Morris Peterson (2000-2007): A three-point expert whose demeanour made him a media star, Morris Peterson thrived somewhere between the starters and reserves. He became a much better defensive player late in his tenure with the Raptors. In New Orleans he hasnt come close to matching the dozen points a game he garnered with the Raptors.

Jalen Rose (2003-2006): By virtue of his 16.1 points a game, no list would be complete without Rose. That he was one of the only shooting threats on dismal teams and did little other than shoot can, however, be acknowledged.

Small Forward: Jerome Williams

Honorable mention: Anthony Parker

Jerome Williams (2000-2004) never wanted to leave Toronto. He was collateral damage in the deal that sent Antonio Davis to Chicago. The Junkyard Dog lent a fierce competitiveness to the Raptors best squads. He ran the floor unrelentingly and his seven rebounds per game was number six in franchise history. Mostly, Williams gets the nod because he created his own persona and worked hard enough to do it justice.

Anthony Parker (2006-2009) spent more time as a shooting guard than a small forward but the last thing we would want is to pigeonhole the Raptors most versatile player. When called upon, the six-foot-six Parker could double down as a point guard. An elegant, intelligent player, Parker shot .424 from the three point line. Thats the best percentage in franchise history.



Power forward: Chris Bosh

Honorable mention: Charles Oakley, Matt Bonner

Chris Bosh (2003 to present) is poised to become the Raptors all-time leading scorer at just 25. He already leads in rebounding and minutes played and thanks to a rigorous off-season conditioning program, Bosh is enjoying his finest pro season. Bosh has built an impressive argument that he is the signature player for the franchises first 15 years. The Raptors' captain, hasnt said or done the wrong thing for long as anyone can remember.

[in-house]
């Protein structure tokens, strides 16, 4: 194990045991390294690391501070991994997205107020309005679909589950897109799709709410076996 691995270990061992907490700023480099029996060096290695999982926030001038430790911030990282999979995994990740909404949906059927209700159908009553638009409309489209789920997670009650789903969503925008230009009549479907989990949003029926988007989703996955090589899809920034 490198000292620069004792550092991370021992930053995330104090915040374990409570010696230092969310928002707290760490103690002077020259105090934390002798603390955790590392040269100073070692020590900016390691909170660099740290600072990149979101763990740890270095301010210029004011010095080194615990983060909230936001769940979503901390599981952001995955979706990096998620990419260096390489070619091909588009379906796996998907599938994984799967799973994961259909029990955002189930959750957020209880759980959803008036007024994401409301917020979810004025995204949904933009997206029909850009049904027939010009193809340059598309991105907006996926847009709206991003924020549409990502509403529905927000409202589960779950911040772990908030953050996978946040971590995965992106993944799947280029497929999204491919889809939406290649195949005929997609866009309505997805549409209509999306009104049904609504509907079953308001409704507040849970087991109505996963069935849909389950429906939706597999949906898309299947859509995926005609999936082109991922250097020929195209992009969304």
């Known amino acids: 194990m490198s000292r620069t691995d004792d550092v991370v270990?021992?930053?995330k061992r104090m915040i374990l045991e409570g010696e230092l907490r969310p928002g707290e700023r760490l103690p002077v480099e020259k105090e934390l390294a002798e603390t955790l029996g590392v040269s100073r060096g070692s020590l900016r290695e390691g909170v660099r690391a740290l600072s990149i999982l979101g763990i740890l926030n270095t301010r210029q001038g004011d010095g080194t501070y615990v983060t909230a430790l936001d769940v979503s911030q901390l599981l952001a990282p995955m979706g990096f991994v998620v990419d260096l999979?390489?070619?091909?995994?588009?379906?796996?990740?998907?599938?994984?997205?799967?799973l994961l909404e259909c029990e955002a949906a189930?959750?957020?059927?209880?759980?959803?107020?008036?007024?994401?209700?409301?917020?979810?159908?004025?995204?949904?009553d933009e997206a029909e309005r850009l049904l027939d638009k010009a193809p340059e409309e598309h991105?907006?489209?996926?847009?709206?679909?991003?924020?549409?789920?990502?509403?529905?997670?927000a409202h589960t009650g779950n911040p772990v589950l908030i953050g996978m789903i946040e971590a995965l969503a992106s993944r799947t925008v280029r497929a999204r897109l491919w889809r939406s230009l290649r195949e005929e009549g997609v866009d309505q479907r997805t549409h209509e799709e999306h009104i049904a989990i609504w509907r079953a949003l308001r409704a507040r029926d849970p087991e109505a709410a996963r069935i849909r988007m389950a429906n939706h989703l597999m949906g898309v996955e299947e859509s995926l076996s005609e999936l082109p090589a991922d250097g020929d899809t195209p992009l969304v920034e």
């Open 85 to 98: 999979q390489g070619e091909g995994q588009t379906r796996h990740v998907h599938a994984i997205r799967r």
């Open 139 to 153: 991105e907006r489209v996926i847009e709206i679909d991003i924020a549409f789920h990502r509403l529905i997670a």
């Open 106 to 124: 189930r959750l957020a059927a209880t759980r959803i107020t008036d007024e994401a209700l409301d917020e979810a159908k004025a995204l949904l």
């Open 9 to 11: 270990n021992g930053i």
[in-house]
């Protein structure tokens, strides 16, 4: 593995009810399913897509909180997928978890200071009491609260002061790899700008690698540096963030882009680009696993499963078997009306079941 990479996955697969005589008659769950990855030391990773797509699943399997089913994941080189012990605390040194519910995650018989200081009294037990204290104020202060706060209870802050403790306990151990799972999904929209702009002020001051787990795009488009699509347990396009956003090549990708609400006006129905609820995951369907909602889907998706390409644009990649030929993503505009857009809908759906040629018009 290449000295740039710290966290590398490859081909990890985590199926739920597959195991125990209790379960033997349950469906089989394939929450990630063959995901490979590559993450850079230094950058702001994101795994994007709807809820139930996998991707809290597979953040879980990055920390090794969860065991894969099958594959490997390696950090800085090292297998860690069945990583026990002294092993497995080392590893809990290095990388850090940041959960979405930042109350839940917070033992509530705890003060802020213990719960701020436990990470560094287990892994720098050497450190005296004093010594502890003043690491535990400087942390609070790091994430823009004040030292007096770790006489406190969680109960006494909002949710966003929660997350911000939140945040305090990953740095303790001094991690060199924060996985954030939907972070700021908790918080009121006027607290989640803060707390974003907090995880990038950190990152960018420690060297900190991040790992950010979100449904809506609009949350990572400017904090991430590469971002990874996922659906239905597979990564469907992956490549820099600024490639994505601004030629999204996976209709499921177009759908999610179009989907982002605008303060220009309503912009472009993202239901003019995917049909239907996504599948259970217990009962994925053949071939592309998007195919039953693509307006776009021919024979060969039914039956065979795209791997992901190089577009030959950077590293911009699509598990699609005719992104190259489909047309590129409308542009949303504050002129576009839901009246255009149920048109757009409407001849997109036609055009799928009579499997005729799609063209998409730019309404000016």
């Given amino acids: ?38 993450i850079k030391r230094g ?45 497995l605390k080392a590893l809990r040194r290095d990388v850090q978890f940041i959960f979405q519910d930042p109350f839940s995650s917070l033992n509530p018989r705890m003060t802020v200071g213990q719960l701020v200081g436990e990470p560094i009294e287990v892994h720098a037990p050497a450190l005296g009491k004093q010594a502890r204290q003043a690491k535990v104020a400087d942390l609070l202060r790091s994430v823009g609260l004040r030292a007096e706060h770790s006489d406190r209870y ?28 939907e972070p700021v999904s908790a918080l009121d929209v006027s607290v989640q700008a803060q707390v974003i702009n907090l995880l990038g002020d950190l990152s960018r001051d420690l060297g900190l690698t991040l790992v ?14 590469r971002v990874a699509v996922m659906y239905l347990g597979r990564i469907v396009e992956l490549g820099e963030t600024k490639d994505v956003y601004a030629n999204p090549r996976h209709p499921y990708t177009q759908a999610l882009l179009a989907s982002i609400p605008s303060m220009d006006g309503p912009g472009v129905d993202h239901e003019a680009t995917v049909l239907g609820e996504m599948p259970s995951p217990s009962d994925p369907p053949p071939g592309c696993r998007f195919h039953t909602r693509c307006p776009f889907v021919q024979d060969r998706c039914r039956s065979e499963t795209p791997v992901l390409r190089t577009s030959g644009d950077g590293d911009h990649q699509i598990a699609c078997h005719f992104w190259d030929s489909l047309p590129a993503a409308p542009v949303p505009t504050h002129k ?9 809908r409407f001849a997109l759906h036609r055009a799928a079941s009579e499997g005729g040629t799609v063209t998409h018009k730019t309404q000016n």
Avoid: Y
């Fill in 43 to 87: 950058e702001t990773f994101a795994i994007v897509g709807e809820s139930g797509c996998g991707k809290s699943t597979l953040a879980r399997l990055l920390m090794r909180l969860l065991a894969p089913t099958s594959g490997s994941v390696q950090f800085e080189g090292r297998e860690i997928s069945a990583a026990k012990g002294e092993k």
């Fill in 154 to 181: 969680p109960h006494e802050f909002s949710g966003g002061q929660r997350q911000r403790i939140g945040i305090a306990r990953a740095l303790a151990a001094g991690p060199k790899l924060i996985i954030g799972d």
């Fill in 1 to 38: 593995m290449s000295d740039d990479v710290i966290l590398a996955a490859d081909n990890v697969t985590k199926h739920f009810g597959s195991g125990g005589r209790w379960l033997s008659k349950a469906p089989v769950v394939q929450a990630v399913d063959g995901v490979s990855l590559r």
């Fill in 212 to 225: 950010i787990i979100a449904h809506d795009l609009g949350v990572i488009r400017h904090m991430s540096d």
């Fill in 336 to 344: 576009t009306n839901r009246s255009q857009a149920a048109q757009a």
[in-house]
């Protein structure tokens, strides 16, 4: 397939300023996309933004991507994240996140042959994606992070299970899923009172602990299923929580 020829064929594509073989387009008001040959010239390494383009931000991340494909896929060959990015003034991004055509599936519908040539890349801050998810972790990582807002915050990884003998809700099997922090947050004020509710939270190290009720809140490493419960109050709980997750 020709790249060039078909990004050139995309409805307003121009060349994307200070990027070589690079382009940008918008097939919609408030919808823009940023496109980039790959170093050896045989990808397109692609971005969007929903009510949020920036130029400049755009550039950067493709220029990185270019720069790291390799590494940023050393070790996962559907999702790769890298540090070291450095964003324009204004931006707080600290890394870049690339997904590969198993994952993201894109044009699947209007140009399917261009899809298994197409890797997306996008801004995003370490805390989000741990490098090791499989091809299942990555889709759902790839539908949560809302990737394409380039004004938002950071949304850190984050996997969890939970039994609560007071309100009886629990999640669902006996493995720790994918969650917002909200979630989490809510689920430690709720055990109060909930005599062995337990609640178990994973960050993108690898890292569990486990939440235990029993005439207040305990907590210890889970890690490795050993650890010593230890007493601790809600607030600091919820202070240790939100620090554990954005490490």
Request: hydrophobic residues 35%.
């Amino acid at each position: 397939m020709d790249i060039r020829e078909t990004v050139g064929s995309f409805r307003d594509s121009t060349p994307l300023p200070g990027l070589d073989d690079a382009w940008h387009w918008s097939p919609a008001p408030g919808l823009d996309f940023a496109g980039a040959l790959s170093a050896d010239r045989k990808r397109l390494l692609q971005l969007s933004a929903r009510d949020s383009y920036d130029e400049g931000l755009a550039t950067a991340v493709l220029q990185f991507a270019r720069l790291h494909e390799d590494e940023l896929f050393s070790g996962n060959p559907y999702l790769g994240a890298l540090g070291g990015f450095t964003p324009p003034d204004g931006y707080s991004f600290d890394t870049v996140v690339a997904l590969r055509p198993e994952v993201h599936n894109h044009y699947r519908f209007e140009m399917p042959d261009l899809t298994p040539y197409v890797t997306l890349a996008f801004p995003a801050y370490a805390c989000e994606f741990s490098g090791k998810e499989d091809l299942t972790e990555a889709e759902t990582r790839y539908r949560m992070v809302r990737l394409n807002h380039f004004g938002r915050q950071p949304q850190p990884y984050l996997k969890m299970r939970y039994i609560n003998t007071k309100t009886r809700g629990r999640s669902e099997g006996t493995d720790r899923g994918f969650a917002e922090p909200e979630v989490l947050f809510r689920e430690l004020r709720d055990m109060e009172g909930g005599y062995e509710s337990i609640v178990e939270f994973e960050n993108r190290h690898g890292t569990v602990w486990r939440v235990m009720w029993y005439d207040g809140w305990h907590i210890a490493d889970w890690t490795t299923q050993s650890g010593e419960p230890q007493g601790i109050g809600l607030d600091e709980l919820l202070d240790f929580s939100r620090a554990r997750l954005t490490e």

Charles Oakley (1998-2001) was as colorful as all the other free spirits in team history combined. Never fancy, the Oak Tree set rock hard picks, competed fiercely for rebounds and ladled out completely incomprehensible quotes better than any other Raptor.

Matt Bonner (2004-2006) was another player whose effort won more admiration than his skills. Despite limited playing time, Bonner always managed a handful of rebounds a night. For a six-ten player with minimal lift, Bonner shot well from beyond the arc and compiled a .421 percentage in his two seasons in Toronto.

Centre: Antonio Davis

Honourable mention: Andrea Bargnani.

Antonio Davis (1999-2006) at six-foot-10 was, at least as far as height was concerned, a little small to play centre. But Davis had shoulders a mile wide and his play under the basket was instrumental in the Raptors early playoff success.

Davis stands sixth in games played, fifth in minutes, second in rebounds per game, third in blocks, free throws made and free throw percentage, fifth in points second in offensive rebounds, defensive rebounds and rebounds and tenth in career points per game.

Andrea Bargnani (2006 to present) has improved steadily since arriving in Toronto as the first overall selection in the 2006 draft. Since his rookie season, Bargnani has pushed his points per game from 11.6 to 16.3 and his rebounds per game from 3.9 to 6.1. Underrated as a defensive player, Bargnani has the ability and the contract extension that would allow him to usurp Davis.